The shiny dashboard can be accessed through here.

About Author

Werner Chao

Werner has been the lead data analyst for KaJin Health (, an online mental health company in Shanghai, and data analyst at SNC-Lavalin, a 7.8 billion dollar public company. He helped KaJin Health analyze web traffic, consumer insights,...
View all posts by Werner Chao >

Related Articles

Leave a Comment

No comments found.

View Posts by Categories

Our Recent Popular Posts

View Posts by Tags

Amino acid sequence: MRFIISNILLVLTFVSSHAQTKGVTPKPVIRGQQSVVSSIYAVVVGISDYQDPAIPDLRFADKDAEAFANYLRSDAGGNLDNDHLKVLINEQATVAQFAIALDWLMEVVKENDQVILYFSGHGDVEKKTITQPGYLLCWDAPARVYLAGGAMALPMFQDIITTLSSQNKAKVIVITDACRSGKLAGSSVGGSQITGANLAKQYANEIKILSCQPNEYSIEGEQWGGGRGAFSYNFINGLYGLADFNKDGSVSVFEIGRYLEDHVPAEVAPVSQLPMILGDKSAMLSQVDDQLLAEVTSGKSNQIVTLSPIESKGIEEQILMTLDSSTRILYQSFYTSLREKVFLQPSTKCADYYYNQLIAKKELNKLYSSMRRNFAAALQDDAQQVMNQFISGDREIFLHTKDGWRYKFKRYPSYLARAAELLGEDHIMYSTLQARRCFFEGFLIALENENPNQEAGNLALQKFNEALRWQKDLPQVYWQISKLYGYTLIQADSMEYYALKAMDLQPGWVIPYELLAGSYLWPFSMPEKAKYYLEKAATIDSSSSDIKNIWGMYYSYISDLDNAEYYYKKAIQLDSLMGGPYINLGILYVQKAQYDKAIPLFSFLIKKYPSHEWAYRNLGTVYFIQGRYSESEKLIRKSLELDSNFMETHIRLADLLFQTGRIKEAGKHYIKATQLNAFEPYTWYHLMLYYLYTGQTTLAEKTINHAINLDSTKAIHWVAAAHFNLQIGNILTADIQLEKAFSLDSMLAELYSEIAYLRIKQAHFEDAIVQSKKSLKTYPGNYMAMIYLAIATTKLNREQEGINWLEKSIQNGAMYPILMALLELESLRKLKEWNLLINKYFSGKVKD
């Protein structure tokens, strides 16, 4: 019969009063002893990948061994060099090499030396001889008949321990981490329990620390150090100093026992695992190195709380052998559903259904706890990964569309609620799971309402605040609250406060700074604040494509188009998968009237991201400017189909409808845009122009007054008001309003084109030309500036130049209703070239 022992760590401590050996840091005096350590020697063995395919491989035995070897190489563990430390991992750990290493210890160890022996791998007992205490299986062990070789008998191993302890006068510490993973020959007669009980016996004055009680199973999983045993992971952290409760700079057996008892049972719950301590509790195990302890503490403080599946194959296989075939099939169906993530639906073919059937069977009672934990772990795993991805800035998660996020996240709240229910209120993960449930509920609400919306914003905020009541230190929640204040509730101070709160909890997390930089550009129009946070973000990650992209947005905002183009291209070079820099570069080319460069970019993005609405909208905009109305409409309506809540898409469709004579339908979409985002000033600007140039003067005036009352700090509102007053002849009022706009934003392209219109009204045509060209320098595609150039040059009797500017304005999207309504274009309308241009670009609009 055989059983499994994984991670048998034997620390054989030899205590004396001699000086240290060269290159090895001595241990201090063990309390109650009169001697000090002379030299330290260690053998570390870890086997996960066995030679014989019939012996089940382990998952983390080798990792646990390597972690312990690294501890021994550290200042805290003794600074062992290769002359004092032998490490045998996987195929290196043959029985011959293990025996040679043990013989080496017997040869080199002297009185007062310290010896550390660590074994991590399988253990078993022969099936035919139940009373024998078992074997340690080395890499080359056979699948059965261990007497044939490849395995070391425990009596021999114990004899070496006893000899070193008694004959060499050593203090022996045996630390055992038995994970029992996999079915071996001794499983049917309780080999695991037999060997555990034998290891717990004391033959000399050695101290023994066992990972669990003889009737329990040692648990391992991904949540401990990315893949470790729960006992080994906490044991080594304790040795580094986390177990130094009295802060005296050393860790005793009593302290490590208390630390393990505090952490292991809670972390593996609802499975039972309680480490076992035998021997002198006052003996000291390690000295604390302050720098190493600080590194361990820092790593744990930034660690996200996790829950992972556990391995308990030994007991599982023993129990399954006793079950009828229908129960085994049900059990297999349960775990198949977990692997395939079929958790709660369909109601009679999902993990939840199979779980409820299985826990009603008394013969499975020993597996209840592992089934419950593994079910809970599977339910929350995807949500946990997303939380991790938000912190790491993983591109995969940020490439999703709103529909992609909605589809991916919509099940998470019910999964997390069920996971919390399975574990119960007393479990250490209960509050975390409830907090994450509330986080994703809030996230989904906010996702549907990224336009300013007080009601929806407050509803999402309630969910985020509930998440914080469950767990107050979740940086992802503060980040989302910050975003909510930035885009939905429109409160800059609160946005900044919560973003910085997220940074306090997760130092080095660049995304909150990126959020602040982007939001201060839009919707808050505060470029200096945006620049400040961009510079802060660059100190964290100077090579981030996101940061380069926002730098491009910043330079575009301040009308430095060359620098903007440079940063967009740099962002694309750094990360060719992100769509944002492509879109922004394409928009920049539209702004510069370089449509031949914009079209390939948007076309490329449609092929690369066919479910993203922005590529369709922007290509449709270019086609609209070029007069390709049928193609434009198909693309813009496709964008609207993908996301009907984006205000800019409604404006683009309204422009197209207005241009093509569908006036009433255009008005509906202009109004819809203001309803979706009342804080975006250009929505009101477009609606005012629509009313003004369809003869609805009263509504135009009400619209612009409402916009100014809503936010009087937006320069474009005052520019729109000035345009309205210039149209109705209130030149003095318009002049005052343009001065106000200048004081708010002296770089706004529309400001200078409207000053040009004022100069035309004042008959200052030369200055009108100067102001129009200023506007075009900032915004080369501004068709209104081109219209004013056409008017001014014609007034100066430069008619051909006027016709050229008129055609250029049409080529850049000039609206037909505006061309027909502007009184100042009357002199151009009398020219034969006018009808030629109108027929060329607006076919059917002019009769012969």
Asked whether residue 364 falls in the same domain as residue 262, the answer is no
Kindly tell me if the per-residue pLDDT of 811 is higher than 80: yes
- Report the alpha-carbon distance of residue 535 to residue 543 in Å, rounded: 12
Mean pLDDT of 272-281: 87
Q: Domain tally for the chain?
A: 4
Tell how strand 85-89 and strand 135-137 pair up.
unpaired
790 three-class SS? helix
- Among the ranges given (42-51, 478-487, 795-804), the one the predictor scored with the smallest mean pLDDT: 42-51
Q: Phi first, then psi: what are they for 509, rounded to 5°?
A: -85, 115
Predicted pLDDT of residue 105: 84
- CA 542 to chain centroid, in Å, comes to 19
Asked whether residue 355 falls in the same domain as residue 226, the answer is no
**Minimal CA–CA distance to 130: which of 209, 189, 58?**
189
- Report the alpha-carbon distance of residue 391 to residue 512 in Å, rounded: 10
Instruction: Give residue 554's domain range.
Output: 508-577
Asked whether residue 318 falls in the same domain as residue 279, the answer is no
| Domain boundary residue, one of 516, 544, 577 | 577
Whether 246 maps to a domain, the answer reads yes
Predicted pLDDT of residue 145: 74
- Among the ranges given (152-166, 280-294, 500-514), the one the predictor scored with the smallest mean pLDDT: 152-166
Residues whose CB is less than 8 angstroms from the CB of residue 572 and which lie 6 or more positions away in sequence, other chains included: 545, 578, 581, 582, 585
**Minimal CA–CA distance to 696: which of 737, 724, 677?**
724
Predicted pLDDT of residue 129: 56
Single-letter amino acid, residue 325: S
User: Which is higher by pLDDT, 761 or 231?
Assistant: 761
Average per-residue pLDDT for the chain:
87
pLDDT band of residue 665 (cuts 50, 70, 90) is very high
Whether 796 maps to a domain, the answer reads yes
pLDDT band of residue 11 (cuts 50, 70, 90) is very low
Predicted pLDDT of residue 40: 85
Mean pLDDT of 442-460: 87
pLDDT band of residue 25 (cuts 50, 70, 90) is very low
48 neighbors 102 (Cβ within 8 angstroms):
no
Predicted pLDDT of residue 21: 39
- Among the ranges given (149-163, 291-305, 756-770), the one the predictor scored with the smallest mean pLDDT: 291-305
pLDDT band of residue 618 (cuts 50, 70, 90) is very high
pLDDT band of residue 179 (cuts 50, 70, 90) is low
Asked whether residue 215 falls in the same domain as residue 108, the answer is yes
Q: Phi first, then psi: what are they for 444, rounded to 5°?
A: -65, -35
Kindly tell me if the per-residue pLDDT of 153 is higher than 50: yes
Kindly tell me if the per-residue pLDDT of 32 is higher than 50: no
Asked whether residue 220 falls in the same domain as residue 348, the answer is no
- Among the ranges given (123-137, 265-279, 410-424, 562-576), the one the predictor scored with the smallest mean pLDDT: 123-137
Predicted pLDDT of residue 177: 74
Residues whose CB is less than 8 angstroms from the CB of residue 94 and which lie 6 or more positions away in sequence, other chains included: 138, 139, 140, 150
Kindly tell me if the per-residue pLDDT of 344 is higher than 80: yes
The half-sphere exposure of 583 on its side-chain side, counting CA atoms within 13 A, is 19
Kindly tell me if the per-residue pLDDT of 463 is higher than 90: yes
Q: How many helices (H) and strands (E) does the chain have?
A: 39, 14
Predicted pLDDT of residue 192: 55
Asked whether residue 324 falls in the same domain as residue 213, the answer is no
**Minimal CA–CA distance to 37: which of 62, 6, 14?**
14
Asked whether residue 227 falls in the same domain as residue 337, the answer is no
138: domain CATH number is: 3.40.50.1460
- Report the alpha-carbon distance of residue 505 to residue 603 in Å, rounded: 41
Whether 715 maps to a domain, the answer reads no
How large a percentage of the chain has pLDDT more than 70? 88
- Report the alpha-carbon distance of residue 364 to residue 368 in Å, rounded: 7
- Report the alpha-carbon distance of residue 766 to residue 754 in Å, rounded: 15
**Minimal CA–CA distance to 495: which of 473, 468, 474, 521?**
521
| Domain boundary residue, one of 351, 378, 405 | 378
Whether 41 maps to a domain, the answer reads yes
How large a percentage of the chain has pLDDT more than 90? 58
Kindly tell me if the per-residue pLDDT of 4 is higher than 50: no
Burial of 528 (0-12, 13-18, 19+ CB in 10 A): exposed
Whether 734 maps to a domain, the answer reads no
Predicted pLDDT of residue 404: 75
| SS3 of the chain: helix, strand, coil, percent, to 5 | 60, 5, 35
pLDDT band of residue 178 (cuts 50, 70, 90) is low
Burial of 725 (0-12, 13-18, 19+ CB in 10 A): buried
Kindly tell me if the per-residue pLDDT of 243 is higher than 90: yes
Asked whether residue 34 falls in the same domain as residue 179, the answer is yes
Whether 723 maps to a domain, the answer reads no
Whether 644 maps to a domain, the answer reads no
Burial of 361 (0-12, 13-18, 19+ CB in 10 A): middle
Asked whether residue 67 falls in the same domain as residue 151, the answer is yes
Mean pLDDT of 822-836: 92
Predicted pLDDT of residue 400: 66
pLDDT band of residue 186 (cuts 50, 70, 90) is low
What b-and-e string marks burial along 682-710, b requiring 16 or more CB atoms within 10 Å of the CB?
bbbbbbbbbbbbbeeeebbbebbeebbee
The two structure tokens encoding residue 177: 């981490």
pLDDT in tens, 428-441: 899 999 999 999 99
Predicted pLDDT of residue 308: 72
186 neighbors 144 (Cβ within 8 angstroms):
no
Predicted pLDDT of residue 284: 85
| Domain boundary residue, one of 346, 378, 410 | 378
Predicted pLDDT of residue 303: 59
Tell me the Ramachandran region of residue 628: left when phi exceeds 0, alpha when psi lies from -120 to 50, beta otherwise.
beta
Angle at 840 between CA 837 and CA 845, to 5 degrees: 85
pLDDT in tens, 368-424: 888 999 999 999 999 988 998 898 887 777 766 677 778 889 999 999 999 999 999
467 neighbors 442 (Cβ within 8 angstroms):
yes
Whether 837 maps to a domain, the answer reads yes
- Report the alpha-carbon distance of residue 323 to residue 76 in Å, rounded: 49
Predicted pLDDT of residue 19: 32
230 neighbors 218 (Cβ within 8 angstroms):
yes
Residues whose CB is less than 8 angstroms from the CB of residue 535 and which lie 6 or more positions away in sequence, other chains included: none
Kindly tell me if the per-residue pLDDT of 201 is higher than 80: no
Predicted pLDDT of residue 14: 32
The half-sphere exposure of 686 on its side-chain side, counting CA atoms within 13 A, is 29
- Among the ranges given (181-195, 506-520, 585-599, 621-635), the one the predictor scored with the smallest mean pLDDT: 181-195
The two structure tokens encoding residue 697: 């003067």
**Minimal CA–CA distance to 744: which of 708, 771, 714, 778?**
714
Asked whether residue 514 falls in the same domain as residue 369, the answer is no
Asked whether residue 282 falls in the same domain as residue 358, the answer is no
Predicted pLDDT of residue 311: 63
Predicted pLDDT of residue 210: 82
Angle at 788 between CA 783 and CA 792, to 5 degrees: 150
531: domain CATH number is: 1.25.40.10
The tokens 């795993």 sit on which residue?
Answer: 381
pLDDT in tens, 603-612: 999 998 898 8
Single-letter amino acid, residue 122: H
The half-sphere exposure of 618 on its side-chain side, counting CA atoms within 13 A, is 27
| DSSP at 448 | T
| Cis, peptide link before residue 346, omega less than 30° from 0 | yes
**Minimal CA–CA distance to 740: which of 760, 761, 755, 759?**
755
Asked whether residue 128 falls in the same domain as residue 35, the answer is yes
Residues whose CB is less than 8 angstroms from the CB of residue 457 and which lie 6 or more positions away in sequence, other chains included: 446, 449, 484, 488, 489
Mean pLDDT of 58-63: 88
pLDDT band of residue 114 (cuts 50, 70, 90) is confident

#python #trainwithnycdsa 2019 2020 Revenue 3-points agriculture air quality airbnb airline alcohol Alex Baransky algorithm alumni Alumni Interview Alumni Reviews Alumni Spotlight alumni story Alumnus ames dataset ames housing dataset apartment rent API Application artist aws bank loans beautiful soup Best Bootcamp Best Data Science 2019 Best Data Science Bootcamp Best Data Science Bootcamp 2020 Best Ranked Big Data Book Launch Book-Signing bootcamp Bootcamp Alumni Bootcamp Prep boston safety Bundles cake recipe California Cancer Research capstone car price Career Career Day citibike classic cars classpass clustering Coding Course Demo Course Report covid 19 credit credit card crime frequency crops D3.js data data analysis Data Analyst data analytics data for tripadvisor reviews data science Data Science Academy Data Science Bootcamp Data science jobs Data Science Reviews Data Scientist Data Scientist Jobs data visualization database Deep Learning Demo Day Discount disney dplyr drug data e-commerce economy employee employee burnout employer networking environment feature engineering Finance Financial Data Science fitness studio Flask flight delay gbm Get Hired ggplot2 googleVis H20 Hadoop hallmark holiday movie happiness healthcare frauds higgs boson Hiring hiring partner events Hiring Partners hotels housing housing data housing predictions housing price hy-vee Income Industry Experts Injuries Instructor Blog Instructor Interview insurance italki Job Job Placement Jobs Jon Krohn JP Morgan Chase Kaggle Kickstarter las vegas airport lasso regression Lead Data Scienctist Lead Data Scientist leaflet league linear regression Logistic Regression machine learning Maps market matplotlib Medical Research Meet the team meetup methal health miami beach movie music Napoli NBA netflix Networking neural network Neural networks New Courses NHL nlp NYC NYC Data Science nyc data science academy NYC Open Data nyc property NYCDSA NYCDSA Alumni Online Online Bootcamp Online Training Open Data painter pandas Part-time performance phoenix pollutants Portfolio Development precision measurement prediction Prework Programming public safety PwC python Python Data Analysis python machine learning python scrapy python web scraping python webscraping Python Workshop R R Data Analysis R language R Programming R Shiny r studio R Visualization R Workshop R-bloggers random forest Ranking recommendation recommendation system regression Remote remote data science bootcamp Scrapy scrapy visualization seaborn seafood type Selenium sentiment analysis sentiment classification Shiny Shiny Dashboard Spark Special Special Summer Sports statistics streaming Student Interview Student Showcase SVM Switchup Tableau teachers team team performance TensorFlow Testimonial tf-idf Top Data Science Bootcamp Top manufacturing companies Transfers tweets twitter videos visualization wallstreet wallstreetbets web scraping Weekend Course What to expect whiskey whiskeyadvocate wildfire word cloud word2vec XGBoost yelp youtube trending ZORI